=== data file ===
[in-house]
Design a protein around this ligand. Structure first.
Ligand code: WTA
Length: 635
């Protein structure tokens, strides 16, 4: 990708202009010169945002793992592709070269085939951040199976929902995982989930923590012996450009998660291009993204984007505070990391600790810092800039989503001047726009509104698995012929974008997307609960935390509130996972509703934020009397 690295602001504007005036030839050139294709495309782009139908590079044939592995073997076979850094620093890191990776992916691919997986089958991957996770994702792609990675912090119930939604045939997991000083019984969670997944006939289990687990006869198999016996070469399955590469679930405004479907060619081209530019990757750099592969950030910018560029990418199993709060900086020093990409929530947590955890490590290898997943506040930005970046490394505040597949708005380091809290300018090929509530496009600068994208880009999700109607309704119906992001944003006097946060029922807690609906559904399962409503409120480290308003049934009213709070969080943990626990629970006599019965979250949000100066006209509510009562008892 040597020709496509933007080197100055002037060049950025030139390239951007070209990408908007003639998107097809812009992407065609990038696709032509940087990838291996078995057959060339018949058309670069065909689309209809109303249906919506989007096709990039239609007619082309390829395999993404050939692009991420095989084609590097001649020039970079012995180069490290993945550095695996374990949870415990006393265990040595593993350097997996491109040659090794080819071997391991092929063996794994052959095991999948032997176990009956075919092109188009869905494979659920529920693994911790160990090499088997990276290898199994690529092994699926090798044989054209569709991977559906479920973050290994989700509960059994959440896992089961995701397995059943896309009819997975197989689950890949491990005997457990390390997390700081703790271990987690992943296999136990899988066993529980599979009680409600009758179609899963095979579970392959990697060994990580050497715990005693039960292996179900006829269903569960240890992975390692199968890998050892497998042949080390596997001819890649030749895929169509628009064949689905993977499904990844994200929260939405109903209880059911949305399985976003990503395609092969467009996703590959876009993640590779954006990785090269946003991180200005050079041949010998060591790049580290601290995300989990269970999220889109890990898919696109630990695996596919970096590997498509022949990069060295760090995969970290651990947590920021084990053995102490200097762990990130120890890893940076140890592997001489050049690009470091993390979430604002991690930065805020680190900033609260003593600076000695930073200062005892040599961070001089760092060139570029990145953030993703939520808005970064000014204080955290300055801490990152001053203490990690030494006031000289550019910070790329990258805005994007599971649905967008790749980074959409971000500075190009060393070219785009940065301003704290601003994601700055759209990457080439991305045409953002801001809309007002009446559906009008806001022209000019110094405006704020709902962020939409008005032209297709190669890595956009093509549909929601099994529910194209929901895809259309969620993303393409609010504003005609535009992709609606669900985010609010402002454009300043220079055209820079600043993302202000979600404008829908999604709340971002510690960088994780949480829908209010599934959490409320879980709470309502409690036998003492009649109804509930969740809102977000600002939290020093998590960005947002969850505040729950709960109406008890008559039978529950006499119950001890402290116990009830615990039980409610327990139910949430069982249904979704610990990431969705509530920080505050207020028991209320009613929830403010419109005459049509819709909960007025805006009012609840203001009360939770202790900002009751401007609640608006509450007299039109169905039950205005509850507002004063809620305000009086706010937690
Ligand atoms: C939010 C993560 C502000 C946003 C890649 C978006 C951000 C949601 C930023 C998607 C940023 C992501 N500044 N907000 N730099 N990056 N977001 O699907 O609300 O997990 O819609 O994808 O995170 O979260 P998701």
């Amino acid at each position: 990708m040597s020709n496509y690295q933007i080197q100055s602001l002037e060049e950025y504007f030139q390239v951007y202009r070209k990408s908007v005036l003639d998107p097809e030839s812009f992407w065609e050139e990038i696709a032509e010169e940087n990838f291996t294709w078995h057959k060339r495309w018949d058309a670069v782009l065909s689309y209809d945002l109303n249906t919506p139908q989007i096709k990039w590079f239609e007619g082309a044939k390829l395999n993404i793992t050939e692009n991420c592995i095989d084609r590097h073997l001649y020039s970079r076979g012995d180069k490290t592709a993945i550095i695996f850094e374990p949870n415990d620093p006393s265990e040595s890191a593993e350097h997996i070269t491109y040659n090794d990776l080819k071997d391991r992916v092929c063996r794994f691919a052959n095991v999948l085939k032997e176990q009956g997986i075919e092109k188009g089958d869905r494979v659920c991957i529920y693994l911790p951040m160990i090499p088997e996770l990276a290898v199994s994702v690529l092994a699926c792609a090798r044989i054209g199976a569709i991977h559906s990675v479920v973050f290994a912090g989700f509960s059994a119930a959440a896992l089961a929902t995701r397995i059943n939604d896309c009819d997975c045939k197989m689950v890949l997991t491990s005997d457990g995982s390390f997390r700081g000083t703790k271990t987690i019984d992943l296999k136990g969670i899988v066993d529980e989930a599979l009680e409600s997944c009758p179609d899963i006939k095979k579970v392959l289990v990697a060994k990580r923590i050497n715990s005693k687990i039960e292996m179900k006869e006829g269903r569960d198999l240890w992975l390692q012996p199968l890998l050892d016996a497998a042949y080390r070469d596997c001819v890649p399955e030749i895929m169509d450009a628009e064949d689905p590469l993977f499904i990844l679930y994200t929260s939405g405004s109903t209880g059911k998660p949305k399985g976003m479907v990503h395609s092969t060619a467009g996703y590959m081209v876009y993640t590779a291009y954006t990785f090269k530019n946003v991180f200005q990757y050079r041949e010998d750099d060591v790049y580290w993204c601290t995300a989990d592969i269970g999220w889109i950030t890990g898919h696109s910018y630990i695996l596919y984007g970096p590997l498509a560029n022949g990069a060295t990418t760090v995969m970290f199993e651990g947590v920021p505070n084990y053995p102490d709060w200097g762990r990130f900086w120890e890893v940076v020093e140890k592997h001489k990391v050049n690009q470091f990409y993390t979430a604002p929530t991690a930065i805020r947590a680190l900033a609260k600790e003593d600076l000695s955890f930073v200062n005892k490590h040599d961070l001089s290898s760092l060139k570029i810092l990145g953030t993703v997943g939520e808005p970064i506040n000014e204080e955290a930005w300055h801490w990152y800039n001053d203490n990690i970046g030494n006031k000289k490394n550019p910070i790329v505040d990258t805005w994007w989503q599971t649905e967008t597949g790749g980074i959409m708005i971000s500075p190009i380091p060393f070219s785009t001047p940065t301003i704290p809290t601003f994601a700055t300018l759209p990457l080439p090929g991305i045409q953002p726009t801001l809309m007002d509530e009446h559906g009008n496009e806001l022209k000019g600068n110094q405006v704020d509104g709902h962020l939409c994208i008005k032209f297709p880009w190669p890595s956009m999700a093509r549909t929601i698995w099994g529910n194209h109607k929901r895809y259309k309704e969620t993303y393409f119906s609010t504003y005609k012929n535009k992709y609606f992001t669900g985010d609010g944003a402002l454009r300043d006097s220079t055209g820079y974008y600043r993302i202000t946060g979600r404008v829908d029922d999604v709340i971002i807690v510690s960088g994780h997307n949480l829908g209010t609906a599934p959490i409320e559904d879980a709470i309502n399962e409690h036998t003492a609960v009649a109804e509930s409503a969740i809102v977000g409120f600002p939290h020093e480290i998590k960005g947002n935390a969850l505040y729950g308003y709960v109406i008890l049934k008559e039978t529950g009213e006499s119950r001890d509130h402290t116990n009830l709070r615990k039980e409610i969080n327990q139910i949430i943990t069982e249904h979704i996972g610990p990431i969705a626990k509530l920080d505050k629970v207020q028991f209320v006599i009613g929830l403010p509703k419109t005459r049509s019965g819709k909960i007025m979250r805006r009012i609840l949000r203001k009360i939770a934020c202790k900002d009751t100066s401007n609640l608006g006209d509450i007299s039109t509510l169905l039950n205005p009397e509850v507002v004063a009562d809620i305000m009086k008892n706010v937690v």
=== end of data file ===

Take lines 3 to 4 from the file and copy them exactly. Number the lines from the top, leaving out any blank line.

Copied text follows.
Ligand code: WTA
Length: 635